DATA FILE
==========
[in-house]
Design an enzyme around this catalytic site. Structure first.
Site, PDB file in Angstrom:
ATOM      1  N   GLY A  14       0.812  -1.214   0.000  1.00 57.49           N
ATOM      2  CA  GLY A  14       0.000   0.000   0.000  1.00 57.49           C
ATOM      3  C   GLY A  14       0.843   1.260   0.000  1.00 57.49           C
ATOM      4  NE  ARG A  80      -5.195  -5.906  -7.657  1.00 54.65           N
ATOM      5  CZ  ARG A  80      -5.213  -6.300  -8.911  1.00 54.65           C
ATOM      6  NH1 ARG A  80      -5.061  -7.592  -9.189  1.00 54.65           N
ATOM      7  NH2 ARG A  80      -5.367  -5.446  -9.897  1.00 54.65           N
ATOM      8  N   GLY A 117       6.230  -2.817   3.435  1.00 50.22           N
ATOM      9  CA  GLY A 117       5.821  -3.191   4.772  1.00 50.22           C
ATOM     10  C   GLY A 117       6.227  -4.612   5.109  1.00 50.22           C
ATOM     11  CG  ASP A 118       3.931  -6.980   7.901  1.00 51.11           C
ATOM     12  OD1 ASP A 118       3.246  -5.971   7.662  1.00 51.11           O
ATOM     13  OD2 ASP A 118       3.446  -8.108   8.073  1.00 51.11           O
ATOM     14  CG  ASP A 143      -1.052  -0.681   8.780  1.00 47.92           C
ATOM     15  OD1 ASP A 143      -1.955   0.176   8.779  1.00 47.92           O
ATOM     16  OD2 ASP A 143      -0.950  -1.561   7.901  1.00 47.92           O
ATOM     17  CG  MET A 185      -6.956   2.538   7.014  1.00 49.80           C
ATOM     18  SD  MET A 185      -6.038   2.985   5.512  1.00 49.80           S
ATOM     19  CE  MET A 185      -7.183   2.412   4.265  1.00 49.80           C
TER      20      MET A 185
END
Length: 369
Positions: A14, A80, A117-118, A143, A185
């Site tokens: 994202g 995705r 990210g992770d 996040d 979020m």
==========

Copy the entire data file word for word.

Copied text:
[in-house]
Design an enzyme around this catalytic site. Structure first.
Site, PDB file in Angstrom:
ATOM      1  N   GLY A  14       0.812  -1.214   0.000  1.00 57.49           N
ATOM      2  CA  GLY A  14       0.000   0.000   0.000  1.00 57.49           C
ATOM      3  C   GLY A  14       0.843   1.260   0.000  1.00 57.49           C
ATOM      4  NE  ARG A  80      -5.195  -5.906  -7.657  1.00 54.65           N
ATOM      5  CZ  ARG A  80      -5.213  -6.300  -8.911  1.00 54.65           C
ATOM      6  NH1 ARG A  80      -5.061  -7.592  -9.189  1.00 54.65           N
ATOM      7  NH2 ARG A  80      -5.367  -5.446  -9.897  1.00 54.65           N
ATOM      8  N   GLY A 117       6.230  -2.817   3.435  1.00 50.22           N
ATOM      9  CA  GLY A 117       5.821  -3.191   4.772  1.00 50.22           C
ATOM     10  C   GLY A 117       6.227  -4.612   5.109  1.00 50.22           C
ATOM     11  CG  ASP A 118       3.931  -6.980   7.901  1.00 51.11           C
ATOM     12  OD1 ASP A 118       3.246  -5.971   7.662  1.00 51.11           O
ATOM     13  OD2 ASP A 118       3.446  -8.108   8.073  1.00 51.11           O
ATOM     14  CG  ASP A 143      -1.052  -0.681   8.780  1.00 47.92           C
ATOM     15  OD1 ASP A 143      -1.955   0.176   8.779  1.00 47.92           O
ATOM     16  OD2 ASP A 143      -0.950  -1.561   7.901  1.00 47.92           O
ATOM     17  CG  MET A 185      -6.956   2.538   7.014  1.00 49.80           C
ATOM     18  SD  MET A 185      -6.038   2.985   5.512  1.00 49.80           S
ATOM     19  CE  MET A 185      -7.183   2.412   4.265  1.00 49.80           C
TER      20      MET A 185
END
Length: 369
Positions: A14, A80, A117-118, A143, A185
């Site tokens: 994202g 995705r 990210g992770d 996040d 979020m």